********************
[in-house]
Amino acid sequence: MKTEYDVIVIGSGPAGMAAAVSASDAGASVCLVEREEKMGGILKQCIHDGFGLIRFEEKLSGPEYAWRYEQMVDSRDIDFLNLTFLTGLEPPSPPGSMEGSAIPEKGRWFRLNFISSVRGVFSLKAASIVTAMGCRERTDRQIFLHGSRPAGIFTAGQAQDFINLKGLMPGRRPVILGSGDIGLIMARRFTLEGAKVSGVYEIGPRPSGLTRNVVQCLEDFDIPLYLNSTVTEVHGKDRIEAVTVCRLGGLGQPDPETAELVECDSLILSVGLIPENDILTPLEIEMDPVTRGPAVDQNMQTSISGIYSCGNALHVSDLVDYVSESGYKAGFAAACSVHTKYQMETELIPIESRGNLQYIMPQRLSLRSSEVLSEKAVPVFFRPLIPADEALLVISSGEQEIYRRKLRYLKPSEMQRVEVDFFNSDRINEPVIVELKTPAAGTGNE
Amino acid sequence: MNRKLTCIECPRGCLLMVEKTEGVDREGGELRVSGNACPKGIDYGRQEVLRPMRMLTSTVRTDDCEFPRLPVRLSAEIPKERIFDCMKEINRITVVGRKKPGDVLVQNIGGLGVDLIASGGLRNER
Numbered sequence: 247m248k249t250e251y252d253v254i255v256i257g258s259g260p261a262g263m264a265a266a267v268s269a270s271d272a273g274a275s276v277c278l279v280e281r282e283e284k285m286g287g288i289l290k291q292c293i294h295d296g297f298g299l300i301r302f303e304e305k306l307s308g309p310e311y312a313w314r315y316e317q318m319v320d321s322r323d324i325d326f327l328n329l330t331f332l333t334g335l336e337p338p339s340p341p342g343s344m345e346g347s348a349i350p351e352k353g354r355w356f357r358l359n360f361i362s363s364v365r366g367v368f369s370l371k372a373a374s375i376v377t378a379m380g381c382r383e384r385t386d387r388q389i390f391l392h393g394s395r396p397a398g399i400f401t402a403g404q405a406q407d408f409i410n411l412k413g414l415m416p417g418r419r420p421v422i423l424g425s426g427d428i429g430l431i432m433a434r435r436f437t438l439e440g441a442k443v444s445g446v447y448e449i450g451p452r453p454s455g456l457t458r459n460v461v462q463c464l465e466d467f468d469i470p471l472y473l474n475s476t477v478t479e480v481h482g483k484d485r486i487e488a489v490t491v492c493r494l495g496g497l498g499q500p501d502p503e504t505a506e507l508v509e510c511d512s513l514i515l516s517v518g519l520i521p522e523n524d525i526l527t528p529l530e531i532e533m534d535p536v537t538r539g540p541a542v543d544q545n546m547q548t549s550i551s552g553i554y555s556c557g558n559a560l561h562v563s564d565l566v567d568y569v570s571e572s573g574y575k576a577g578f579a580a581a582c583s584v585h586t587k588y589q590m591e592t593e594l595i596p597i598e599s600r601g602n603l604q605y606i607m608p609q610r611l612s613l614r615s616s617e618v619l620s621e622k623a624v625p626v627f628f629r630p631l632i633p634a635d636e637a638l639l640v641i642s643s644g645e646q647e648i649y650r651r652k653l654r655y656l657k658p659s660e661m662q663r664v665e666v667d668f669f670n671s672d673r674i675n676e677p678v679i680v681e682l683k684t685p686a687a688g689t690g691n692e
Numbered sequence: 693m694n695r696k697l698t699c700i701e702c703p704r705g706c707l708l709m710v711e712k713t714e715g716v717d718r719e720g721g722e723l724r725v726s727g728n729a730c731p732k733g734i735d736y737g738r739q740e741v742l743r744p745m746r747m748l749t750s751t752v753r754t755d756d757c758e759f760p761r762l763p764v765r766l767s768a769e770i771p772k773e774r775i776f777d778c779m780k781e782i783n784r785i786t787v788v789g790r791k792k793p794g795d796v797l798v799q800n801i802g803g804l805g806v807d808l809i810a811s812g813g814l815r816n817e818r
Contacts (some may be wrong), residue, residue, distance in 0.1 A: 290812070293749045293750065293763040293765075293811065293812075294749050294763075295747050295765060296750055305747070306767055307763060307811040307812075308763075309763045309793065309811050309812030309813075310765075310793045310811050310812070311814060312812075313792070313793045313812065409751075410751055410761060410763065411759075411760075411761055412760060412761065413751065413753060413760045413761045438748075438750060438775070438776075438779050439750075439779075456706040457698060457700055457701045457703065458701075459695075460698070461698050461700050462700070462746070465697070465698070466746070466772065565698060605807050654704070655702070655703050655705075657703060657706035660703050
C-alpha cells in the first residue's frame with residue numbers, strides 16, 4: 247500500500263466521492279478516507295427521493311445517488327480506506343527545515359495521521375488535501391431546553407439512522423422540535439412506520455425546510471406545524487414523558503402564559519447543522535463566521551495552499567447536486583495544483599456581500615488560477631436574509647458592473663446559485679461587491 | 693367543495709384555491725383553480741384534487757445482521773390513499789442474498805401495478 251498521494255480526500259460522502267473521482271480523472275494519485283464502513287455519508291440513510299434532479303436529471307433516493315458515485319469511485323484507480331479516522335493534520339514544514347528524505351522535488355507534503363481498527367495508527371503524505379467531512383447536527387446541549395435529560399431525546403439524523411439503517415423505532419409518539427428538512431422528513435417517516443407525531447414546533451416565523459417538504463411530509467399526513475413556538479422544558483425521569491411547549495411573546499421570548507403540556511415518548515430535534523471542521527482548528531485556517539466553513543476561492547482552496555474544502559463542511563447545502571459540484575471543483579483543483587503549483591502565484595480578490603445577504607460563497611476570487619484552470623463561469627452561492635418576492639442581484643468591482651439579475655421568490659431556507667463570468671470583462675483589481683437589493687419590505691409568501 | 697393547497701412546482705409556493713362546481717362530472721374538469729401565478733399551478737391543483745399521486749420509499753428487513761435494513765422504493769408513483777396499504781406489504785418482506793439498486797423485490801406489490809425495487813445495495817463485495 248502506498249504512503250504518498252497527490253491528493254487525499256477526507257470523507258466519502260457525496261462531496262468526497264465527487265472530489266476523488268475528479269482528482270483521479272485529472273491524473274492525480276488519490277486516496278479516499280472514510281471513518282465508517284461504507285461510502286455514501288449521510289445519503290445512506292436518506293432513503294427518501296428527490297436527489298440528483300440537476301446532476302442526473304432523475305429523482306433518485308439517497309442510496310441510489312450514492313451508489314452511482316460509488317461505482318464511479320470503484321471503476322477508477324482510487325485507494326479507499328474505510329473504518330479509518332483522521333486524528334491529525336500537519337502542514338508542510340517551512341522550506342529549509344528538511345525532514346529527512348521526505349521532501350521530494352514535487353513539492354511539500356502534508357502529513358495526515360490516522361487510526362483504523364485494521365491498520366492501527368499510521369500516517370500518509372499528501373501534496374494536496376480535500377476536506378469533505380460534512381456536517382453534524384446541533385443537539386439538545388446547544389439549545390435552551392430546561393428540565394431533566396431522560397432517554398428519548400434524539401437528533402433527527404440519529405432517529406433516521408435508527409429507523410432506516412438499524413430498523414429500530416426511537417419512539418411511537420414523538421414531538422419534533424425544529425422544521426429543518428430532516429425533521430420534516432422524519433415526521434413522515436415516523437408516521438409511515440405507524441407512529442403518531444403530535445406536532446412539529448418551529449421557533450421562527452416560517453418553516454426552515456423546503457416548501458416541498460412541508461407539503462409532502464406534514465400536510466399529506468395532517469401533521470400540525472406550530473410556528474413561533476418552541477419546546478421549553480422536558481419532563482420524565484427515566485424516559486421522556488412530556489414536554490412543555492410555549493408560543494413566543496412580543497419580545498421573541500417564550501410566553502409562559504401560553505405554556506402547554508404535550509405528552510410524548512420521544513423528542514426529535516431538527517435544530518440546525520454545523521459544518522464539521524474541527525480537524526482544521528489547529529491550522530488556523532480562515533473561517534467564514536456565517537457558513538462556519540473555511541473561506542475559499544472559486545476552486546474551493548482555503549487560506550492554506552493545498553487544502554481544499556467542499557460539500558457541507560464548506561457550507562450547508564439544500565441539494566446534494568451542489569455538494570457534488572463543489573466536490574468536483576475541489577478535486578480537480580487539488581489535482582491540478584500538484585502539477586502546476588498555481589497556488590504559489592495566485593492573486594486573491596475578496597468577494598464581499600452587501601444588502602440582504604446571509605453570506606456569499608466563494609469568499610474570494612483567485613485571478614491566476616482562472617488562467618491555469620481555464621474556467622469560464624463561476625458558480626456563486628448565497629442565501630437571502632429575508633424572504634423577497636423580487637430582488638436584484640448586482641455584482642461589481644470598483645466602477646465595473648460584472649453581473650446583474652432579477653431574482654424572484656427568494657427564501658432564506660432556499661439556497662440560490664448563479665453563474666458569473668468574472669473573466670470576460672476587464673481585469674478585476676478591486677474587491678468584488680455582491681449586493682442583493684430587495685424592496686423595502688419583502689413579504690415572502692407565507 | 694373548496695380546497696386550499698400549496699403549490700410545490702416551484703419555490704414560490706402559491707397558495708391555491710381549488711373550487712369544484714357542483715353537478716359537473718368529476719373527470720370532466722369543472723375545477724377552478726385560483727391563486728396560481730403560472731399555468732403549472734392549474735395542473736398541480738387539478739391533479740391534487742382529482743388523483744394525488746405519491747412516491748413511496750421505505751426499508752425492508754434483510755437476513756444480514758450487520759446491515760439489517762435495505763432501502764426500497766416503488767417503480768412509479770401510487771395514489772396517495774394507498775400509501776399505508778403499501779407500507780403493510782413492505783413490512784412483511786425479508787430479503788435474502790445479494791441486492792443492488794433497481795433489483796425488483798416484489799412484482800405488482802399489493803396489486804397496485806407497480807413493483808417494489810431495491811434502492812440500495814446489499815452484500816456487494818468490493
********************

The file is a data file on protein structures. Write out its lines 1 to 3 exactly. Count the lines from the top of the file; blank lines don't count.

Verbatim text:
[in-house]
Amino acid sequence: MKTEYDVIVIGSGPAGMAAAVSASDAGASVCLVEREEKMGGILKQCIHDGFGLIRFEEKLSGPEYAWRYEQMVDSRDIDFLNLTFLTGLEPPSPPGSMEGSAIPEKGRWFRLNFISSVRGVFSLKAASIVTAMGCRERTDRQIFLHGSRPAGIFTAGQAQDFINLKGLMPGRRPVILGSGDIGLIMARRFTLEGAKVSGVYEIGPRPSGLTRNVVQCLEDFDIPLYLNSTVTEVHGKDRIEAVTVCRLGGLGQPDPETAELVECDSLILSVGLIPENDILTPLEIEMDPVTRGPAVDQNMQTSISGIYSCGNALHVSDLVDYVSESGYKAGFAAACSVHTKYQMETELIPIESRGNLQYIMPQRLSLRSSEVLSEKAVPVFFRPLIPADEALLVISSGEQEIYRRKLRYLKPSEMQRVEVDFFNSDRINEPVIVELKTPAAGTGNE
Amino acid sequence: MNRKLTCIECPRGCLLMVEKTEGVDREGGELRVSGNACPKGIDYGRQEVLRPMRMLTSTVRTDDCEFPRLPVRLSAEIPKERIFDCMKEINRITVVGRKKPGDVLVQNIGGLGVDLIASGGLRNER